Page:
Monday, January 25, 2010

Fast Flowing Forest Fellers

I know what you're thinking. Fast Flowing Forest Fellers...really? That's the name of the game? That's the best they could come up with? If you're thinking that I would have to agree. This game has the weirdest name of any game that I have heard of, and I've heard of a lot of games. Despite the crazy name the game is pretty fun. It's a quick light strategy race game where you are trying to be the first person to get your lumberjacks down the river. Here's what the rules say about the theme of the game:

"Daring lumberjacks meet at the river to begin their traditional contest of the fastest log riders. By skillful maneuvers they try to beat-out their competitors to get ahead in this running of the river. Sometimes you want to move ahead quickly and other times you want to block others in your race to be the first across the finish."

The game comes with some pretty cool stuff. You get 10 lumberjacks on logs, 45 logs, 80 movement cards, 5 jokers, 5 player cards, and 6 double sided game boards. The quality of the game is great. The only gripe I have is the box isn't laid out very well to store the components. You get a deck of cards, but no place to put them. What are supposed to do with the cards, just let them flop around in the box? I'm sure you could easily make a tuck box to store them in, but it would be nice have that included or have the box layout have a slot for the cards and other components. The game does come with a large resealable bag to store all the other components that works well. The box layout does nothing to affect the game play, but little touches like well thought out box design adds to the overall feel of the game.

So how do you play? Two game boards are selected and put together. Every board has rapids. When placing the boards together you have to make sure that the rapids match up. Logs are then placed on the board on all of the indicated spots. Players then select their starting lumberjack color (one male and one female) and their deck of cards that corresponds to their lumberjack color. The cards that make up your deck have a number ranging from 1 to 5 and a picture of a male or female lumberjack. The cards when played indicate how far you can move your lumberjack on your turn. There is also a wild beaver card in your deck that allows you to move either lumberjack up to three spaces.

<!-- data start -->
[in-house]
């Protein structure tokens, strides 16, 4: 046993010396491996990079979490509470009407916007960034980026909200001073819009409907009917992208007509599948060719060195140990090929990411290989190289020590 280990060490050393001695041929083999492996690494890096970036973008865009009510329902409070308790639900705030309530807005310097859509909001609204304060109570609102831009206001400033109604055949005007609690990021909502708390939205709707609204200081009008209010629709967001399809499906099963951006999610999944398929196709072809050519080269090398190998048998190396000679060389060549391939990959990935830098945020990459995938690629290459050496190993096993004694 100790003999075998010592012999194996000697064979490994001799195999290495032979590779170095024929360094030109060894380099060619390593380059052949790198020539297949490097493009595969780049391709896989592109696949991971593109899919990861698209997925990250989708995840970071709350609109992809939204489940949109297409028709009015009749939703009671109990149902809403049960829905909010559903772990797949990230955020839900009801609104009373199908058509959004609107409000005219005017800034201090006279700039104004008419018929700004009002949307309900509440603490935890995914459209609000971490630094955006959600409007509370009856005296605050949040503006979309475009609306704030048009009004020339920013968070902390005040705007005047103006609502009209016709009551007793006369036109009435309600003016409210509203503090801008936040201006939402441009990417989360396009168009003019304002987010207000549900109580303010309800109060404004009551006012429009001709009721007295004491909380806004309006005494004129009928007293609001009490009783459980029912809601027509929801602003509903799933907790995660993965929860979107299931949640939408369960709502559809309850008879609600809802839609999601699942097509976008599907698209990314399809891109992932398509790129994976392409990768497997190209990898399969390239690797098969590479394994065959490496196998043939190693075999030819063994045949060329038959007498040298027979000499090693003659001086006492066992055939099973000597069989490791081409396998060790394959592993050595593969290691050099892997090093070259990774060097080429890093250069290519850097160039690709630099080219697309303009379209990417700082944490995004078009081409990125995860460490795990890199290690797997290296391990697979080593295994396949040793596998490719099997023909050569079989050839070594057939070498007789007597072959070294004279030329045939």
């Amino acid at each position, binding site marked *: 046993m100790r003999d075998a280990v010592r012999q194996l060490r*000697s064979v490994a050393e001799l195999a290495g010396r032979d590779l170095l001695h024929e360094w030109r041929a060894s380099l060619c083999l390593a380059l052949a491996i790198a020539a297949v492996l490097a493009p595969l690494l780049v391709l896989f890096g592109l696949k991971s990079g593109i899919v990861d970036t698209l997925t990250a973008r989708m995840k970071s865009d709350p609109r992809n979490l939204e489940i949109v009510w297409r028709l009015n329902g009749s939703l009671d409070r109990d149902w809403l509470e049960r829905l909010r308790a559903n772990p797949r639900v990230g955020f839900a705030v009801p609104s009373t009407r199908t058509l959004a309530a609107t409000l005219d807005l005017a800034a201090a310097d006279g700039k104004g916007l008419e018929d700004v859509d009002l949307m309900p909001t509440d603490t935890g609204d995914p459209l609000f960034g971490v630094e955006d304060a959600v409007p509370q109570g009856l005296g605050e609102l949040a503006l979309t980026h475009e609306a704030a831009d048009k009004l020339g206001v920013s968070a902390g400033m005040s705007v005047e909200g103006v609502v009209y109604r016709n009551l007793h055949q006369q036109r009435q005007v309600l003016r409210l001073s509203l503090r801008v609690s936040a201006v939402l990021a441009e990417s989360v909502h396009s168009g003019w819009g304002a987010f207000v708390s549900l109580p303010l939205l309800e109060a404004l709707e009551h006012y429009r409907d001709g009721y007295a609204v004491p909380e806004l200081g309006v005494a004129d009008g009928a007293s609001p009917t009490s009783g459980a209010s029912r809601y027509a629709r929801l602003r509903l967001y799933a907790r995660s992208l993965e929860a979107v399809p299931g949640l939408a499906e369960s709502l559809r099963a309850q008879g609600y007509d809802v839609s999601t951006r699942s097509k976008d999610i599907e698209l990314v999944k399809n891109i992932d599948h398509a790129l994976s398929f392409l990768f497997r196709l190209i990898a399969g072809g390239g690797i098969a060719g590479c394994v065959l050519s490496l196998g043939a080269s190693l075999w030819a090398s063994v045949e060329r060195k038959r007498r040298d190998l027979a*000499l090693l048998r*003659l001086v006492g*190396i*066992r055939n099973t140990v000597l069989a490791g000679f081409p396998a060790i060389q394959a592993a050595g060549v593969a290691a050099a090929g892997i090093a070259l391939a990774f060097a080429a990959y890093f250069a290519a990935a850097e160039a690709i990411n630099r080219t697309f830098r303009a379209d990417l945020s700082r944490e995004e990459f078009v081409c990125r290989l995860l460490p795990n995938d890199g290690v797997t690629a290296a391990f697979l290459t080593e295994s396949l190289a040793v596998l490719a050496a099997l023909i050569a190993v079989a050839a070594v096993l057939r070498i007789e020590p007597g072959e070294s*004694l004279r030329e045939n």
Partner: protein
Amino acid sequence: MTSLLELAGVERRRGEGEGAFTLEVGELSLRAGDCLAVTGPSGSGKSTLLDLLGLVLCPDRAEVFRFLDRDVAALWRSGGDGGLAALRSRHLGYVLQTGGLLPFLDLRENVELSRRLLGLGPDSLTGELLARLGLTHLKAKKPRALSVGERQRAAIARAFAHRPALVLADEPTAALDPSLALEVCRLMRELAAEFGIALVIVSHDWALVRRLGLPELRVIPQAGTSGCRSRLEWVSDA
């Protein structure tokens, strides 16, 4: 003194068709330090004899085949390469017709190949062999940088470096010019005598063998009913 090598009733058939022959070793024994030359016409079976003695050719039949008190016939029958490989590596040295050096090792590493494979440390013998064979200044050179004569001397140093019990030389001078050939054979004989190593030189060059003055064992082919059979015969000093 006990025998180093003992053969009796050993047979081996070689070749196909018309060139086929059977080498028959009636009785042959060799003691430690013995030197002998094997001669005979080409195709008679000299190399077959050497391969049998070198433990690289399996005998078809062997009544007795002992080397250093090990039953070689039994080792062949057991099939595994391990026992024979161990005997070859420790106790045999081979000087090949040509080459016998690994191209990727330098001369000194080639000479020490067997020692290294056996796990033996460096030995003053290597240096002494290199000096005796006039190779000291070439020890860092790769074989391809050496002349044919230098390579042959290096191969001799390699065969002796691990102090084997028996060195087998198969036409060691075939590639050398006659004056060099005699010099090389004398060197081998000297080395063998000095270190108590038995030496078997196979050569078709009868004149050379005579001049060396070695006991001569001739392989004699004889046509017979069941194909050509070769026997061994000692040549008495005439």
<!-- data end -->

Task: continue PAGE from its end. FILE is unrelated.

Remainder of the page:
Beginning with the starting player, each player plays one of their cards and moves their lumberjack the indicated number of spaces. You can move down the river or up the river, but movement on to the rocks, banks, and up the rapids is not allowed. You may not move your lumberjack directly on another lumberjack or log, however you may shove up to two other figures in a straight line. If three or more figures are in your way you cannot shove them, but must find another way around. At the end of your movement you then check to see if anything has landed on a current. Currents are indicated by arrows facing in a specific direction. Anything that is on a current must move one space in the direction of the current. If there is another current space that the figure moves on to it keeps going until the figure can't move any further. This make for some pretty fun game decisions and consequences. By cleverly shoving logs or lumberjacks you can send your opponents helplessly down the river in the wrong direction! After all movement has been resolved the player draws a card returning their hand to three cards and the next player takes their turn. The winner is the person that moves their lumberjacks past the last spaces on the river.

I like FFFF. It's easy to play and teach which makes it very accessible to a wide range of players. With 6 double sided game boards it would take a long time to repeat a setup, so replayability is high. The game suggests only placing two boards together, but I don't see why you couldn't put 3 or more boards together for a longer game. The only problem I could see is you might run out of logs to place on the board. There's not a ton of strategy, but there are some interesting choices to make on when to play certain cards and where you move on the board. A bad move could put you in a position to be whisked down the river in the wrong direction. So if your looking for a light strategy race game that would work for families and casual get togethers with friends, this game might be for you. Thanks for reading and happy gaming!